“It was interesting. They were really cute at first, until they chased my dogs and me up the deck. I was a little frightened then. I was within 30 feet (of them),” Joanne Rieberer said. “The bear came around quite a few times throughout the day. So I spent the evening inside after he chased us up the deck.”

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She said one bear went into their garage, pond and other neighbours’ yards, bird feeders, chicken coops and compost bins.“At first, when you’re watching him from afar you think wow, this is really majestic. He’s cute. But when he aggressively pursues those two big 100-pound dogs, that’s not so cute anymore. Now it’s kind of scary,” Rieberer said. “They got into our garbage. He was rolling the propane tanks around. They were drinking out of the dog dish and they got into this oil can. There are teeth marks in it.”Rieberer said one of the bears was trapped Friday by Fish and Wildlife and the other was still roaming at large as of Sunday morning.

Joanne’s husband, Will Rieberer, was watching when the animal was trapped Saturday.

He said the second one came to check out the one in the trap.

“It all started on Friday morning with one of my neighbours, he got into his chicken coop and that’s when Fish and wildlife and the peace officers were alerted. They got one of them on Friday night and they left it in the trap to try to attract the other one but he’s not going in, he’s too smart,” Will Rieberer said.

“So since Friday night, all day yesterday, he’s been in and out of our yard and around all of our neighbours’ tearing up compost in bird feeders, garbage at our place whatever he can get into.”

“The second bear, he’s a good size was probably about three or 400 pounds. He was on top of the bear trap where the other one was and you could hear the other one crying out. And the other one was up on top but he wasn’t going to go in,” Will Rieberer said.

Cochrane resident Darren Wilkinson said one of the bears ate two of his chickens.  He says all the bear left behind were the feet.

“I saw a grizzly bear on top of my chicken coop. I walked down to put my chickens in last night just before dark, and I came around the corner and he was on top of my chicken coop bouncing up-and-down like a baby trying to get in,” Wilkinson said. “I panicked and ran back into the house as quickly as I could. I was about 20 feet away. It was scary. We could hear him on the back deck, we could hear him breaking into the chicken coop. It was a shock. At first I was looking at it and wondering if I was really seeing what I was seeing.”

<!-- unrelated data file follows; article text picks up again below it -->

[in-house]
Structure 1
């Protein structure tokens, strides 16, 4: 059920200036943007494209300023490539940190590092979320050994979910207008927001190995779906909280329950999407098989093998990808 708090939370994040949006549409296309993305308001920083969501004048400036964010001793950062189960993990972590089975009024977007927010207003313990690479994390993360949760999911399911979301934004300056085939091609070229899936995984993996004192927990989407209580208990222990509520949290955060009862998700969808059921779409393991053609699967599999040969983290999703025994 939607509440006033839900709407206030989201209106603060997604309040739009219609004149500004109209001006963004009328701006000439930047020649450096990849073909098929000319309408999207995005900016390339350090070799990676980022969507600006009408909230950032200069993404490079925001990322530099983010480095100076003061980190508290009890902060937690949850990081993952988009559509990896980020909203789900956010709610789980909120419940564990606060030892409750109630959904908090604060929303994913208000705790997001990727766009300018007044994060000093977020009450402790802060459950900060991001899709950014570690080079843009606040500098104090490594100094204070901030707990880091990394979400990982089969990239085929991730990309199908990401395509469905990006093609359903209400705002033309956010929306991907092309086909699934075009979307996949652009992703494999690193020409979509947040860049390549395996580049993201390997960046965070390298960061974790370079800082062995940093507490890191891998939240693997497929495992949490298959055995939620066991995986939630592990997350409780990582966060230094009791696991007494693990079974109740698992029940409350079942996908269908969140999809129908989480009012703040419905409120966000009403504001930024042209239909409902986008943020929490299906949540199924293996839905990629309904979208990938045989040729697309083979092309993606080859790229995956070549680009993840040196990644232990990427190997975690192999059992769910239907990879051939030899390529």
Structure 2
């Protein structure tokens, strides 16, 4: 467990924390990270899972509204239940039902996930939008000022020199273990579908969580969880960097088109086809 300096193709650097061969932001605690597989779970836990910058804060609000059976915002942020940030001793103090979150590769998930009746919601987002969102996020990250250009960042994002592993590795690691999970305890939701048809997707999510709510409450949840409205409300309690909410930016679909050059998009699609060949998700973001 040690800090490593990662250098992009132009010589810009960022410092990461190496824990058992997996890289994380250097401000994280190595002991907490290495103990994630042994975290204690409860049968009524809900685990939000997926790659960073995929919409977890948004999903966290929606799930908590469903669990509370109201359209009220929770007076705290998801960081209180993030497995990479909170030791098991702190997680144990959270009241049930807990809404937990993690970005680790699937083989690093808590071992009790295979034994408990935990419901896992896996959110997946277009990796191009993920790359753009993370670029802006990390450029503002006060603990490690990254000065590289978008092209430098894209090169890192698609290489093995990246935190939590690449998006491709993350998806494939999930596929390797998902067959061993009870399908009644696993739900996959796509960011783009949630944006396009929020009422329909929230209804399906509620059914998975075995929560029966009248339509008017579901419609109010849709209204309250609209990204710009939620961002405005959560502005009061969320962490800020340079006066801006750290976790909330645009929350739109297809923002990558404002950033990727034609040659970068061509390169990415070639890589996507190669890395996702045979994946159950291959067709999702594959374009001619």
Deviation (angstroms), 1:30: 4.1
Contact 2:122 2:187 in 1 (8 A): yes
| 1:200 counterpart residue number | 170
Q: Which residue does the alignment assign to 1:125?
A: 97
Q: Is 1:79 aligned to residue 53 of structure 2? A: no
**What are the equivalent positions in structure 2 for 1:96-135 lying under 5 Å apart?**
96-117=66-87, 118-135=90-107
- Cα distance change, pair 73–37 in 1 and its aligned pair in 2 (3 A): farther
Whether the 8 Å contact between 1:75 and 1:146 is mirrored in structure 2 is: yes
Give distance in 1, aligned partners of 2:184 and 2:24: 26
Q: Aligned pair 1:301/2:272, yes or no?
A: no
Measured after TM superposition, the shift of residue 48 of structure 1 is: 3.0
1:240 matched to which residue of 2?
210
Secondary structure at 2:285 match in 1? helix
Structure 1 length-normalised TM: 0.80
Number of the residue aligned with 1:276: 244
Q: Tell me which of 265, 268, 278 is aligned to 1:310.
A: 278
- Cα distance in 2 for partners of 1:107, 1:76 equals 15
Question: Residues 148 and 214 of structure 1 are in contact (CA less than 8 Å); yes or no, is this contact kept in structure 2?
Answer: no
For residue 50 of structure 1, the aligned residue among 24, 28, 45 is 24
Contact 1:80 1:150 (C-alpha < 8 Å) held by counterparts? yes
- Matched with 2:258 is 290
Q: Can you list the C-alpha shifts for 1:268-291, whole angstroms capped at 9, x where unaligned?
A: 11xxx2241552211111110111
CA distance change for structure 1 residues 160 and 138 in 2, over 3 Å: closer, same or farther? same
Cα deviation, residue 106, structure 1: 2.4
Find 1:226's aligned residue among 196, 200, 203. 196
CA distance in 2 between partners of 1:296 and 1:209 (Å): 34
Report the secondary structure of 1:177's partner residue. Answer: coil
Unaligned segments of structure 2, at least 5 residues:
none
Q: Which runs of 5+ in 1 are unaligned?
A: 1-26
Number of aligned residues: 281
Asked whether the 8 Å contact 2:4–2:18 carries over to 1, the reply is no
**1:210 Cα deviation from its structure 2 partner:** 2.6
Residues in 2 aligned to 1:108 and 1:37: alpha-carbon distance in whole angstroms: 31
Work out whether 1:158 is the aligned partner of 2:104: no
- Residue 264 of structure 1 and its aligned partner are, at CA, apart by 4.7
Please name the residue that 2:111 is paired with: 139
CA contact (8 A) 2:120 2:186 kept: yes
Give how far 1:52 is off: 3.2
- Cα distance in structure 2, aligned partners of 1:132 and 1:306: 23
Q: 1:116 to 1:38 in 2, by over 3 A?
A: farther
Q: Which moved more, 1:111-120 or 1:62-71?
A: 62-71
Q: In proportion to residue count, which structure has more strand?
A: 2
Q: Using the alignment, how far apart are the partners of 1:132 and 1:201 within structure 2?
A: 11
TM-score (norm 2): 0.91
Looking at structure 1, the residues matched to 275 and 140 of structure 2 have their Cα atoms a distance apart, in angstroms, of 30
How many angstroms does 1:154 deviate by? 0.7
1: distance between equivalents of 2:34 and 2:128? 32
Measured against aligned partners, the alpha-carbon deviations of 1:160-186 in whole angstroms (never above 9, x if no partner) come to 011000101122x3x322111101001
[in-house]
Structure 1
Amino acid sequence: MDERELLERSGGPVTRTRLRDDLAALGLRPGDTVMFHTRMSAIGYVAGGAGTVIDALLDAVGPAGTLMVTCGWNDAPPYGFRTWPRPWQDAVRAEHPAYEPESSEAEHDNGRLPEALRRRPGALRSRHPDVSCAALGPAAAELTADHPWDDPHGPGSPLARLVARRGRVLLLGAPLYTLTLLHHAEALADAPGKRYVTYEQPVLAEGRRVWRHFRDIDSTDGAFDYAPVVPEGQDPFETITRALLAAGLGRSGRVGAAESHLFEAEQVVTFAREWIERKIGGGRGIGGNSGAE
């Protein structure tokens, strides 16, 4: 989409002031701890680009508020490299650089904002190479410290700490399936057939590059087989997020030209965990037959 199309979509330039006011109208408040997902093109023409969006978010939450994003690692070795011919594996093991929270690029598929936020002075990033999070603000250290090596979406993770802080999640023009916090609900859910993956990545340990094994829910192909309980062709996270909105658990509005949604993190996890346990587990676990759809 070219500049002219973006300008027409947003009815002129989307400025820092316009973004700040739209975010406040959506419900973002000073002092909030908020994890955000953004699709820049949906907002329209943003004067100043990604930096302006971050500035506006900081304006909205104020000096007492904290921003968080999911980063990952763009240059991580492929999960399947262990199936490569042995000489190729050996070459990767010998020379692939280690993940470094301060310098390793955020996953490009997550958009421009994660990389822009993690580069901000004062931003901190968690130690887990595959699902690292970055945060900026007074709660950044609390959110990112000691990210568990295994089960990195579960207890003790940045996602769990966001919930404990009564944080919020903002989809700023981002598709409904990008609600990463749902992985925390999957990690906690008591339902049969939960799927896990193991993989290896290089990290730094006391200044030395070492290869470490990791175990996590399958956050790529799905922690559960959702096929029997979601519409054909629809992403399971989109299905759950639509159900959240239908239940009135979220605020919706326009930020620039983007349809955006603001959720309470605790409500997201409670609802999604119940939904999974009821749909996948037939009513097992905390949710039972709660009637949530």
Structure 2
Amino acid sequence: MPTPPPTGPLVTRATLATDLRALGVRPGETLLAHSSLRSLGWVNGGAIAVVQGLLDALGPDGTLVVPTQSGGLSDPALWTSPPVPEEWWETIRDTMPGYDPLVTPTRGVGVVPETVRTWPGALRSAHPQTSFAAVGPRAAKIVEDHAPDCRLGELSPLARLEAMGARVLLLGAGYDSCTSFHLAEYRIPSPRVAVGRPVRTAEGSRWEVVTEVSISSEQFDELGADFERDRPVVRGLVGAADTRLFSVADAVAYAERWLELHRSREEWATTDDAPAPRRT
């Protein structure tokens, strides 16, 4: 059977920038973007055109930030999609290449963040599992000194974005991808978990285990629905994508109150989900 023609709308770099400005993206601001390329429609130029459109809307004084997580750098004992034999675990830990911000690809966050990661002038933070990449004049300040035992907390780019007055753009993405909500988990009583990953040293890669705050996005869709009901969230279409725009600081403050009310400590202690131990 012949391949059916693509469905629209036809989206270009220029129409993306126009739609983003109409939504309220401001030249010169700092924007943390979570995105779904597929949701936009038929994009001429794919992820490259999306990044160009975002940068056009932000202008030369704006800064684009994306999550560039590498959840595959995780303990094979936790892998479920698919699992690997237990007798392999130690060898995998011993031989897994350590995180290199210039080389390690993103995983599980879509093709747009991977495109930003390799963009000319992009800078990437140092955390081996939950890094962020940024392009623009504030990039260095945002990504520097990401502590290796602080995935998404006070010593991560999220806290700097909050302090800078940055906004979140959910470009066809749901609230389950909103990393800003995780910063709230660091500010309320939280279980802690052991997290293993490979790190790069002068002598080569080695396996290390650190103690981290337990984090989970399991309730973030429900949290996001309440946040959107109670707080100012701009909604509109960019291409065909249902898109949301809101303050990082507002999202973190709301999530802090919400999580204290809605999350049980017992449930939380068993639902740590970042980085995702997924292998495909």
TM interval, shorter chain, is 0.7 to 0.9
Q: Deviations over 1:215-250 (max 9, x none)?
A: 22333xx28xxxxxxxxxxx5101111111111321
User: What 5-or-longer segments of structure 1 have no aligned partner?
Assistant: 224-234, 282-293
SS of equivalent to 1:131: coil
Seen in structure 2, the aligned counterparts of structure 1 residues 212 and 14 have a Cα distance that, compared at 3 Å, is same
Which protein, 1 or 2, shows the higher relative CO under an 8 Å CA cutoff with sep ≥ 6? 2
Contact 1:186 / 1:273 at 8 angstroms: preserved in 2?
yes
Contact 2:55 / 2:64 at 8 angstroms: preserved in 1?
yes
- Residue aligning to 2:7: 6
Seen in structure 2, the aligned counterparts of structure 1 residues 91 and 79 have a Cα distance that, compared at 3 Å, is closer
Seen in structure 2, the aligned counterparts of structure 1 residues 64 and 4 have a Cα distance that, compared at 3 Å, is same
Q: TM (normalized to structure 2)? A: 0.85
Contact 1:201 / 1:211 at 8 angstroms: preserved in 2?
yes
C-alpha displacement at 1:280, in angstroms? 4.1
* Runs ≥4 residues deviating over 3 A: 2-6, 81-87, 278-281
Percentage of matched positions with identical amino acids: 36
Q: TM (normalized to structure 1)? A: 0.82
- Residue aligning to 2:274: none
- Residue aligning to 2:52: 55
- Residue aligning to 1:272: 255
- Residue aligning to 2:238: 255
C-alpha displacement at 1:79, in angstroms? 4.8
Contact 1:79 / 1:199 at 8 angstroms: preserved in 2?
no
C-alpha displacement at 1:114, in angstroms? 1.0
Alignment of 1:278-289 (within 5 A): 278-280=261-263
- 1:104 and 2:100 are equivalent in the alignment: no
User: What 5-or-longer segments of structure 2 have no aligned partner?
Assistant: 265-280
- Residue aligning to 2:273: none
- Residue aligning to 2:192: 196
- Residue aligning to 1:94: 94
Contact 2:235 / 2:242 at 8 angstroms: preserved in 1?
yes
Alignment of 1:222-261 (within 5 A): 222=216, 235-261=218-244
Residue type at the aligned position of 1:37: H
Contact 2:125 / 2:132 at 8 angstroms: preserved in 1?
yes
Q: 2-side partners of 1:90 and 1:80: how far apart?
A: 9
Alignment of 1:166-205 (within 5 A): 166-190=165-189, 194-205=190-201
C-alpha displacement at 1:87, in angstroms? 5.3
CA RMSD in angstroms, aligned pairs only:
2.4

Sunday, a forestry helicopter was circling overhead of the area and RCMP shut down a few roads in hopes of trapping the bear still at large.Dan Laville, spokesperson for Alberta’s Justice and Solicitor General, says although grizzlies are not common in the Cochrane area, they are known to frequent the are and it is not uncommon to see grizzlies south of Cochrane.“Two grizzlies were spotted in the Cochrane area on Friday, between the neighbourhood of Fireside and Cochrane proper,” Laville said. “Residents are reminded to stay away from bear traps and sightings can be reported to the 24-hour Report A Poacher line at 1-800-642-3800.”Laville offered the following helpful tips for bear safety;To help prevent bears from coming near your house, remove pet food and feeders at night. Consider electric fencing if your garden or stored produce attracts bears. Consider removing fruit trees and berry-producing bushes from your property. Remove bird feeders from your yard between April and October. Be sure to clean up any spilled bird feed off the ground. Keep your garbage in bear-resistant, airtight containers. Keep your compost indoors. Outdoor compost attracts bears. Look into using an indoor composter. Clean your barbecues. Scrub your barbecue clean after each use and store it in a bear-resistant building, such as the garage or shed. With files from Carolyn Kury de Castillo